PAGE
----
Alex Schmidt is joined by comedians/podcasters Rivers Langley (‘The Goods From The Woods’ podcast) and Riley Silverman (‘Troubled Waters’ podcast, new book ‘Star Wars: Exploring Tatooine’) for a look at why blood types are secretly incredibly fascinating.
Visit http://sifpod.fun/ for research sources, handy links, and this week’s bonus episode.
LINKS FOR THE GUESTS:
- Star Wars: Exploring Tatooine: An Illustrated Guide by Riley Silverman — preorder now!
- The Game of Rassilon — A Doctor Who Roleplaying Game Podcast
- ‘The Goods From The Woods’ podcast
- Rivers Langley’s stand-up tour dates THIS WEEK — catch him in Macon GA (May 5th), Huntsville AL (May 6th), and Nashville TN (May 7th)
RESOURCES USED TO INFORM THE EPISODE’S LAND ACKNOWLEDGEMENT:
- U.S. Department Of Arts And Culture
- The True Native New Yorkers Can Never Truly Reclaim Their Homeland (Smithsonian)
- Mapping Manahatta: 10 Lenape sites in New York City (6sqft)
- Why do blood types matter? – Natalie S. Hodge (TED-Ed / YouTube)
- The Crazy Evolution of a Universal Blood Type (NPR)
- Facts About Blood and Blood Types (American Red Cross)
- Animal blood comes in a rainbow of colors—here’s why (National Geographic)
- Keith Richards Blood Transfusion: Did Keith Richards have his blood changed to beat a drug addiction? — FALSE. (Snopes)
- Why do we have blood types? (Mosaic Science Magazine)
- The Nobel Prize in Physiology or Medicine 1930 (NobelPrize.org)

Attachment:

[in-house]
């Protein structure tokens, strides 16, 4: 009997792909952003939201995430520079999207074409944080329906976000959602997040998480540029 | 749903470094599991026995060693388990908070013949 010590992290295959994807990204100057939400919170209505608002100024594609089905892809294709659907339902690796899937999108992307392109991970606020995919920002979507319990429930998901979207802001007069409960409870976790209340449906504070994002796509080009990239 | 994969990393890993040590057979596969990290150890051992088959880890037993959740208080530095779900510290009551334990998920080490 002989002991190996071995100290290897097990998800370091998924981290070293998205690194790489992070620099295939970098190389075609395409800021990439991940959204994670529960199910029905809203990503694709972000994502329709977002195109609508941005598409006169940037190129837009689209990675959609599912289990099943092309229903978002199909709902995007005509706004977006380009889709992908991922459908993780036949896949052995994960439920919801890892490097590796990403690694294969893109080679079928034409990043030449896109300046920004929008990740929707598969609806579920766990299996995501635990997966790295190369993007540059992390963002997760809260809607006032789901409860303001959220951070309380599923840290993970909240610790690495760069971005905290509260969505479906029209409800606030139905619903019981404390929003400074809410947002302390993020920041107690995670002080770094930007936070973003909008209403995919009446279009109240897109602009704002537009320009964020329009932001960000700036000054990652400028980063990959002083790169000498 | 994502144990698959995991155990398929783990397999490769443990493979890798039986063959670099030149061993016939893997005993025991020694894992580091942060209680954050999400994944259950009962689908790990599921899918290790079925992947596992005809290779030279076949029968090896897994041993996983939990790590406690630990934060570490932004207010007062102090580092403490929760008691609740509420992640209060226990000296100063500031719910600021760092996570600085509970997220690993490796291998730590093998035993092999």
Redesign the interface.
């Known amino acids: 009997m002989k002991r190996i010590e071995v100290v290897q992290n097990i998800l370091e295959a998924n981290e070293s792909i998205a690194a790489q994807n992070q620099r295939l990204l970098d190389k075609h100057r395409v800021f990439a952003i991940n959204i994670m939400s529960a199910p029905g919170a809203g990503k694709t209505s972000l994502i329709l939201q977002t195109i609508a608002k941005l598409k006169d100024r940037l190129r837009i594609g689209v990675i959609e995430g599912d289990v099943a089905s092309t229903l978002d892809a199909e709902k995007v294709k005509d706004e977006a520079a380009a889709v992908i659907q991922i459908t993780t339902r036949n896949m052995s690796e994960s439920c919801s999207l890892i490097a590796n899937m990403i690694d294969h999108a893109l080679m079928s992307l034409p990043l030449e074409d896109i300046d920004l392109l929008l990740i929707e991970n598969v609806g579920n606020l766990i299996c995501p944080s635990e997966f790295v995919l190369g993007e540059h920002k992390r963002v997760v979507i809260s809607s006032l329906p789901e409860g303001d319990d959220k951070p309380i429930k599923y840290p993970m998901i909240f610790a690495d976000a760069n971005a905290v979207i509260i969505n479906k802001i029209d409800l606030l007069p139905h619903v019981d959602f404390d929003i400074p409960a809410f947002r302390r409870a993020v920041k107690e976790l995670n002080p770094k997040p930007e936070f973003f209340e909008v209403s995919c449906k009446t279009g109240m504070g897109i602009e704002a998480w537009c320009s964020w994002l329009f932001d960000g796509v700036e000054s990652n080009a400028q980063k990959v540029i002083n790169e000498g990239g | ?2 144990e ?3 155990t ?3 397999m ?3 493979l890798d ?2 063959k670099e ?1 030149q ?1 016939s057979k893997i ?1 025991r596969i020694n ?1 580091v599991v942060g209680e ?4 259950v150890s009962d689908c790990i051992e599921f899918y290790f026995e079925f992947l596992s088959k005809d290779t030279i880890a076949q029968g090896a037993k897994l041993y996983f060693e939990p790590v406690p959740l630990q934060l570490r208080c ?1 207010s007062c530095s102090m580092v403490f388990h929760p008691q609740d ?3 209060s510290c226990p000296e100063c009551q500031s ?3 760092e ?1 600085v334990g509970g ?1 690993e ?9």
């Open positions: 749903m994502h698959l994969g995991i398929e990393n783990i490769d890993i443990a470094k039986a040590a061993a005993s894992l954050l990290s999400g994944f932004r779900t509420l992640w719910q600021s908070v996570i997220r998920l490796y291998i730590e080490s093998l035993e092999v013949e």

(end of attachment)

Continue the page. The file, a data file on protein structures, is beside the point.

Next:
- The Mystery of Human Blood Types (Smithsonian Magazine)
- Your Blood Type is a Lot More Complicated Than You Think (Smithsonian Magazine)
- The Most Precious Blood on Earth (The Atlantic)
- The Quest to Map and Archive Human Blood (Atlas Obscura)
- ‘The Blood is the Life’: Dracula and 19th-Century Transfusions (The UNC Chapel Hill Rare Book Blog) — Alex found this after taping, and it’s a great resource for info on whether Bram Stoker knew about blood transfusions when writing Dracula (1897). Stoker may have known about James Blundell’s experiments. Also the author suggests this: “[The fact] that Van Helsing risks the operation reinforces his position as an eccentric and experimental physician, and highlights the novel’s attention to the conflict between modern science and the folkloric horrors its theories cannot account for.”
About the show
A weekly podcast about the history, science, lore and surprises that make everyday things secretly incredibly fascinating. Hosted by comedy writer, emoji creator, and ‘Jeopardy!‘ champion Alex Schmidt. Join Alex & his co-host Katie Goldin for a joyful deep dive into seeing the world a whole new way!
How to listen
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